Thursday, December 9, 2021

Purconius the Younger Survives the Game of War

Last weekend I traveled to the home barracks of Major General Augustus Pettygree to engage in the lively sport of war gaming with Ancients figures. We used 28mm figures in our game (not my 54mm figures). We are effectively play testing rules for an Ancients variant of Bill's Batailles dans l'Ancien Regime ("BAR") rules. 

We have found that the rules mechanics to work quite well for a number of historical periods outside of the Seven Years War. These include the Jacobite Rebellion of 1745, Napoleonic Era, 19th Century British Colonial era, and now Ancients. Because the elements of movement, combat and morale are the same across all historical periods, the players quickly pick up on how to play the rules.

One of the adaptations learned from play testing is that the missile fire (arrows) were akin to Maxim Machine Guns, so we toned down the effect of arrows, limited saving throws to just a "6" on a D6 die, and making the morale of light troops more brittle. Other changes will undoubtedly occur as we do further play testing. We have to figure out some rules for war elephants.

Let us get on to the games!

The Good Guys featured a team of Republican Romans (Bill) and Late Romans (me) versus the tag team of Successors Greeks (Bob) and early Egyptians (Kurt). I faced off against the Greeks while Bill attempted to handle the Egyptians. At this point of time in the play testing we are doing  "bring what you got" games so that no one has to frantically paint the opposition force of another person's army. Eventually the games will be period correct with armies fighting their historical foes.

On the left side, Bob (front) with his Successors, Kurt (back left) with his Egyptians ,  
Bill (back right) with his Republican Romans. My Late Romans are deployed in the right foreground.

I will let the picture captions tell the story. My Late Romans faced off against Bob's Successors Greeks/Macedonians. We both deployed our cavalry on my left wing (Bob's right) and engaged in a massive, and exhausting, cavalry melee throughout the day.

Part I 
The Cavalry Action

Macedonian Cavalry (left) charge into the Roman Equites (right). 
I was able to anchor my left flank on the village.

My armored (chain mail) Equites barge into a mix of Macedonian medium and Guard cavalry. 
So far so good

Both sides send their light cavalry to the front to screen their battle line.
I hadn't played against war elephants before so I was a little queasy about the outcome.

Looking at the light cavalry action from the Roman perspective . My heavy Cataphracts await the outcome.

My other unit of Equites decided to go all in and charge into the war elephants.

My hazy recollection of the battle is that the cavalry of both sides played each other out, with neither side gaining an advantage . Cavalry units were fairly well knackered by the end of the game.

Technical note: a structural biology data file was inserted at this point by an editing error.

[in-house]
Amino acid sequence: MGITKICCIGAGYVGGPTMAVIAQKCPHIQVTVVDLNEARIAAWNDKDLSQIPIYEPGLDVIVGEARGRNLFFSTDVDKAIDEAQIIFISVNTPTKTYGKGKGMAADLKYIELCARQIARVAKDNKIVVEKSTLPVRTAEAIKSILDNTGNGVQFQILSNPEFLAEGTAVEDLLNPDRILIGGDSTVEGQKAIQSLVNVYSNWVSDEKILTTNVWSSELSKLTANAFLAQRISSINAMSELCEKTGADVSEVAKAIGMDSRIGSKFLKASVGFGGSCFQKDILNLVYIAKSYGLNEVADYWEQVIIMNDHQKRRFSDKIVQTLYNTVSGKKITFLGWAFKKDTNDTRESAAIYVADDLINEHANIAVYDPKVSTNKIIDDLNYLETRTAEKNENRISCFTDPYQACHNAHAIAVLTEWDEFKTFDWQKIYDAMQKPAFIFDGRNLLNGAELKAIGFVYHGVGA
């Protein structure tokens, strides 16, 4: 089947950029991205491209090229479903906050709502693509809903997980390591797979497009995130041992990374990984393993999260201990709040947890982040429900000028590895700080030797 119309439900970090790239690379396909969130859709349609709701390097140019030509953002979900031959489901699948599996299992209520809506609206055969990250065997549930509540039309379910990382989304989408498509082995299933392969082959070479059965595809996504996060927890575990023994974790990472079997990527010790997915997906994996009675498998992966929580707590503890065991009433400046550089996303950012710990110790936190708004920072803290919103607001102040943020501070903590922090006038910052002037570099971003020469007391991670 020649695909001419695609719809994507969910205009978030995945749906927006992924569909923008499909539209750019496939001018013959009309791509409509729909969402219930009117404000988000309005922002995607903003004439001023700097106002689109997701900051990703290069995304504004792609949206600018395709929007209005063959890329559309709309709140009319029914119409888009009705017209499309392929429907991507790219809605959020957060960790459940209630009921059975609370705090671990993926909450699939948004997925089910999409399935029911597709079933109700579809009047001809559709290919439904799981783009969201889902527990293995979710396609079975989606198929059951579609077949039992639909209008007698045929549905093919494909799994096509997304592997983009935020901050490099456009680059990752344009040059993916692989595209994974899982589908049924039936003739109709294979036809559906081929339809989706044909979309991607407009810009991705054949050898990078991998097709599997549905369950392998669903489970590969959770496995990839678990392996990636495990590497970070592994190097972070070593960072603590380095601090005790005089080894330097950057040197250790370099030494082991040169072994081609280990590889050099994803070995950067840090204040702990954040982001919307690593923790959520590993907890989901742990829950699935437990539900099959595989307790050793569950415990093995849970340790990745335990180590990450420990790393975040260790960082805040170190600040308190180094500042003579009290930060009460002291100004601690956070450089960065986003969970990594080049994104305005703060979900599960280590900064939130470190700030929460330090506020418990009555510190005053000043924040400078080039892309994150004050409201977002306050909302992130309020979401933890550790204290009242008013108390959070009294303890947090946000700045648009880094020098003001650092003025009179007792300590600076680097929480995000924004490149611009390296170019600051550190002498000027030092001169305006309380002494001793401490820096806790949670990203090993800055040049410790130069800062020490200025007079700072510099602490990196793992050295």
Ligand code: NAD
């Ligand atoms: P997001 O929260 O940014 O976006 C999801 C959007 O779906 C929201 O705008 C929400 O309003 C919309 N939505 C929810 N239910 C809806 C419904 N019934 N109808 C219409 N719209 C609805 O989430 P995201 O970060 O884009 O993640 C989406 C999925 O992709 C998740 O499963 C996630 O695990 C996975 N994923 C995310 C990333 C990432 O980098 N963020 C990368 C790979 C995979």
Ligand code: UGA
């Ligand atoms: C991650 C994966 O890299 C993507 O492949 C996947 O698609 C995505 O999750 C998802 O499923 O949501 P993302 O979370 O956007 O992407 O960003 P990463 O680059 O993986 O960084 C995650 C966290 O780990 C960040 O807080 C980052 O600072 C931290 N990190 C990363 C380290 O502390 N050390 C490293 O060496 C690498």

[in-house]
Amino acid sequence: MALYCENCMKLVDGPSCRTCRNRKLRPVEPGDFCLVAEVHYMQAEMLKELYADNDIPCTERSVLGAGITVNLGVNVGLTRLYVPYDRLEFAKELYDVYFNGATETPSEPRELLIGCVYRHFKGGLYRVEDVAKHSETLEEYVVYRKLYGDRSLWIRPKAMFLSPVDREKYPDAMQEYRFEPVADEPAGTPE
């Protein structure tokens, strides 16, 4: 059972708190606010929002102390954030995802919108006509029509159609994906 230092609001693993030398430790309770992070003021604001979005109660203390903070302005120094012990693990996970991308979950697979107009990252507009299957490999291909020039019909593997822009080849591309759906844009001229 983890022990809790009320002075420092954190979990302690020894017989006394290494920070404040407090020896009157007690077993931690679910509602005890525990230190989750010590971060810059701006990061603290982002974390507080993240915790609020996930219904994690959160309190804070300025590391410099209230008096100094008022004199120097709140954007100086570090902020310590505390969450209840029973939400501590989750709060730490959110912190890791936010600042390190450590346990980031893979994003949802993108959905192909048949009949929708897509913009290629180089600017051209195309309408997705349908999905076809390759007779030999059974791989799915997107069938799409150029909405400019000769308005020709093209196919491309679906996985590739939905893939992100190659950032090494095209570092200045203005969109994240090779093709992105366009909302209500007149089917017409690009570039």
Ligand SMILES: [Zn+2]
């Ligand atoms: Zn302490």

Part II
The infantry battle

My Late Roman Legio troops (chain mail) faced off against several Macedonian phalanxes. Bob had one elite unit as did I. Neither of knew which unit was elite until they closed into action.

My Late Roman battle line was deployed on the crest of a hill. The Macedonians had to roll a D6 each turn and subtract the number of die pips from the original infantry movement rate.

Let me introduce you to my little friends: I am introduced to the elite phalanx of 48 pikemen.

Marcus Purconius the Younger (purple cloak) watches enemy javelin men close in on his small Scorpion bolt throwers.

The Roman legion fends off the phalanx after the first round of melee.
Purconius orders a unit of auxiliaries into the gap between his two legions.
Roman archers have fallen back behind the formed legion.

Battle attrition whittles down the ranks of the Romans.
Purconius the Younger lends moral support to his legio in the melee.

By the end of the battle, all pretense of maintaining a cohesive battle is gone 
as individual units fend for themselves.

The Romans repulsed the Macedonian phalanxes, but at a high cost with over half of their force laying dead on the ground. My elite legio unit legged out of the fight. Surely they will face decimation once the battle is over.


Purconius the Elder had lost the last battle against a roving war band of Germans. There was no news regarding his possible capture or his death on the battle field. It is thought that he is being held for ransom by the Germans, but undoubtedly this will not sit well with the Emperor and the Senate back in Rome.

Thus Purconius the Younger had hoped to restore the family honor by winning a battle, but it remains to be seen whether or not he achieved his goal in this battle. He has already despatched couriers back to Rome with news of a victory over the Macedonians. Tis better to lie like a bulletin than face the uncertainty of failure.

The Republican Roman army of Augustus of Pettygree was annihilated by the Egyptians so undoubtedly the Senate will be more focused on this disaster than they will by the veracity of Purconius the Younger's message of victory.


  1. I salute you Sir, playing purely historical opponents is interesting, but assymetrical armies are so much fun!

  2. Looks like a ripper of a game, and I always love seeing successors on the table.

  3. Hail Perconius, The Younger!
    Great photos and description Jim.
    Bill P
    Chronicler for The Adventures of General Pettygree

  4. What a great looking game - lovely figures, thank you for showing.